Resource efficient and sustainable buying in grocery supply chains

WRAP is working to support retailers and manufacturers increase their resource efficient and sustainable behaviour through buying practices.

How industry can take action

We have produced a business case that sets out the commercial benefits of resource efficient and sustainable buying.  
Our category buying model describes how resource efficient and sustainable buying can be integrated into standard buying approaches.

Our Information note describes the work and highlights how industry can take action. We have made available a Research report that describes industry’s participation in developing the business case and category buying model to support a more sustainable food system.

See also: Case studies on how leading companies are already implementing sustainable buying practices. 

We have recently added a case study demonstrating how Nestle has engaged with its suppliers to identify waste prevention measures and embed these into day to day working arrangements.

Summary of opportunities

WRAP’s research shows buyers’ practices are motivated by price, quality and delivery, but that retailers and manufacturers increasingly recognise their purchasing power can be used to deliver sustainable outcomes.  

Buying mechanisms provide an opportunity for retailers and manufacturers to increase efficiency – reducing waste, costs and risk in the supply chain – while increasing resilience and helping to deliver corporate commitments for sustainability.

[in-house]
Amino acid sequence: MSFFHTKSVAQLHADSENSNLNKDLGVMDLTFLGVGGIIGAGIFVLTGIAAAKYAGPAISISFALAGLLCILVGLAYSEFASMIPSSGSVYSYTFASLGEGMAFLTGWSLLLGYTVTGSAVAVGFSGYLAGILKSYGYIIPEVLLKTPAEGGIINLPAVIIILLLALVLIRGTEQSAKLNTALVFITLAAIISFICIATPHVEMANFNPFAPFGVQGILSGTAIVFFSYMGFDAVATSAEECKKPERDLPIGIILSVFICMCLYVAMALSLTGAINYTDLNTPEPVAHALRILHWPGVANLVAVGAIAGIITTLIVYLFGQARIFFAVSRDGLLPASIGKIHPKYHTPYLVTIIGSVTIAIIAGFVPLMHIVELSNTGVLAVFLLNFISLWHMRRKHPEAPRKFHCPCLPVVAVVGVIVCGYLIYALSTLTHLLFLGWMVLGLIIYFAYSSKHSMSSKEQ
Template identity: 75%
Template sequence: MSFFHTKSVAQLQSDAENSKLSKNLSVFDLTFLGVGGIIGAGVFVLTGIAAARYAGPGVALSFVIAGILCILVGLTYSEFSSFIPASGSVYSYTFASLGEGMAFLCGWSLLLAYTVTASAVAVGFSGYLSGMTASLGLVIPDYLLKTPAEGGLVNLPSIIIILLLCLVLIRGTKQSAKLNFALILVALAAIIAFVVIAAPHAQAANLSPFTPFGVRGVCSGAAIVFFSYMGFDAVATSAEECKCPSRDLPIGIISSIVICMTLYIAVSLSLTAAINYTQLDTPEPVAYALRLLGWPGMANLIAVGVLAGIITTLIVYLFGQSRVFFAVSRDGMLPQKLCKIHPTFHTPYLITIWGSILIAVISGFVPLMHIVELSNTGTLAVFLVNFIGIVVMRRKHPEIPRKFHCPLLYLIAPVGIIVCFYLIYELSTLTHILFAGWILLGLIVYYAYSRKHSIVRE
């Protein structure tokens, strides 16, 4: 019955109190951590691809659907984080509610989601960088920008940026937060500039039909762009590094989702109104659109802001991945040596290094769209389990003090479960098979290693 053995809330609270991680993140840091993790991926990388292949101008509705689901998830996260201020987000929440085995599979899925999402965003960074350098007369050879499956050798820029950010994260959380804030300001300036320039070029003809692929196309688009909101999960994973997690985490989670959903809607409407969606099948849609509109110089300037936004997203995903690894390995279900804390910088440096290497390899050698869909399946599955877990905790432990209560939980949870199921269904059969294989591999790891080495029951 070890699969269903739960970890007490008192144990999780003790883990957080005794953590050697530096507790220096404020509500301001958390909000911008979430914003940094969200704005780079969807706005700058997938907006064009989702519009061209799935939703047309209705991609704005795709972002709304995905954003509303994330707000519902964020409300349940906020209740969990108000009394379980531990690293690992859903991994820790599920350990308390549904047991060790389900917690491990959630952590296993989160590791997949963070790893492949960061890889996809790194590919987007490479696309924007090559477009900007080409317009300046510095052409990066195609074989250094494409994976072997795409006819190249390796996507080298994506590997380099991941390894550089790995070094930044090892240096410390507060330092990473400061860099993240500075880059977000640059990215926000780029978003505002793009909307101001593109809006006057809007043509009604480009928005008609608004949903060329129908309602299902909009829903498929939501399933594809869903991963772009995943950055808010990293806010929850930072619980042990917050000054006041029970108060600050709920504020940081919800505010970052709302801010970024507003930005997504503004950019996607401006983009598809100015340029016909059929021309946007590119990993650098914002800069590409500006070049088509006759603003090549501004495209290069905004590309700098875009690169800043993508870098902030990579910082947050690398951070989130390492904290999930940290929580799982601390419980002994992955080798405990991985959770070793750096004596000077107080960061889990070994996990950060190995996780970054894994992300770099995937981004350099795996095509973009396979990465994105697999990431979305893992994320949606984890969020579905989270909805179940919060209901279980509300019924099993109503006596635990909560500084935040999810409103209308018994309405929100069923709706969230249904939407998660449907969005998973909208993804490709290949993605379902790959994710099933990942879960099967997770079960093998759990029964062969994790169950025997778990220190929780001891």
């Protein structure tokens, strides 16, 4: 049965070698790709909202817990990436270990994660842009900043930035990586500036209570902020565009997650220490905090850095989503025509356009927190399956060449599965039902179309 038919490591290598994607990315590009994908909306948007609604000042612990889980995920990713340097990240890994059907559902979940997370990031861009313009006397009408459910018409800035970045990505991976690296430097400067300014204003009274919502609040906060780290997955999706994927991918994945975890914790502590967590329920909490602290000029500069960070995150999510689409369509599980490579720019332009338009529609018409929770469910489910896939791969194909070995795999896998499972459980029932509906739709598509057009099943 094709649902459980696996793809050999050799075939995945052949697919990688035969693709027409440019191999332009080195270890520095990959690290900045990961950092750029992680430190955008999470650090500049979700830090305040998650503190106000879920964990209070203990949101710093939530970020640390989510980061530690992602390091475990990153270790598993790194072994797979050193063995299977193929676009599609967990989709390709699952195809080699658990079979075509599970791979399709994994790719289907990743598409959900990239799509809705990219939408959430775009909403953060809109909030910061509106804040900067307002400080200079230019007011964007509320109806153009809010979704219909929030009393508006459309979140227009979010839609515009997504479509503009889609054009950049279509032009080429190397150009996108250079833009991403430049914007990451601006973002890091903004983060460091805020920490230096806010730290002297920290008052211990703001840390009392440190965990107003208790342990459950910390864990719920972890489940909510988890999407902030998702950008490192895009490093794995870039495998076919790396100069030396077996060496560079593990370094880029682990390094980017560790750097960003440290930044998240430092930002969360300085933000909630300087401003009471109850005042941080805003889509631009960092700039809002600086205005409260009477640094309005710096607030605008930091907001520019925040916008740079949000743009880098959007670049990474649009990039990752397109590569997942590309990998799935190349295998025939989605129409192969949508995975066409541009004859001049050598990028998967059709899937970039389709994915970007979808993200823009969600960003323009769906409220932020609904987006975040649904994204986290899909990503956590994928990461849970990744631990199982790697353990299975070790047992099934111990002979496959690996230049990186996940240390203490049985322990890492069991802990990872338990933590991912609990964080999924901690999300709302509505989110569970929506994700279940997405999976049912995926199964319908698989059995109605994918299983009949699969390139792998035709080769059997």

There are several opportunities for companies to build on existing practices including through the following:

  • Embedding and deepening corporate sustainability targets by linking them to buyer incentives and targets through an enhanced category management process;
  • Undertaking risk assessments to identify category pinch points on waste, water, bio-diversity, energy and social criteria in order to prioritise the supply of products against vulnerability and resilience;
  • Development of relevant terms of supply and contract clauses relating to PQQs, and ITTs for example which can be used to drive change through standard supply terms and where new products are being sourced; 
  • Using supplier assessments and associated KPIs to drive resource efficiency and sustainability, by providing clear expectations on waste prevention, water and energy use reduction; and
  • Develop enhanced product specifications that reflect reductions in resource use and which deliver better sustainability outcomes. 

Download the Information note, business case, category buying model, Research report and Case studies.

See also the recently added Nestle case study - Engaging with suppliers on waste prevention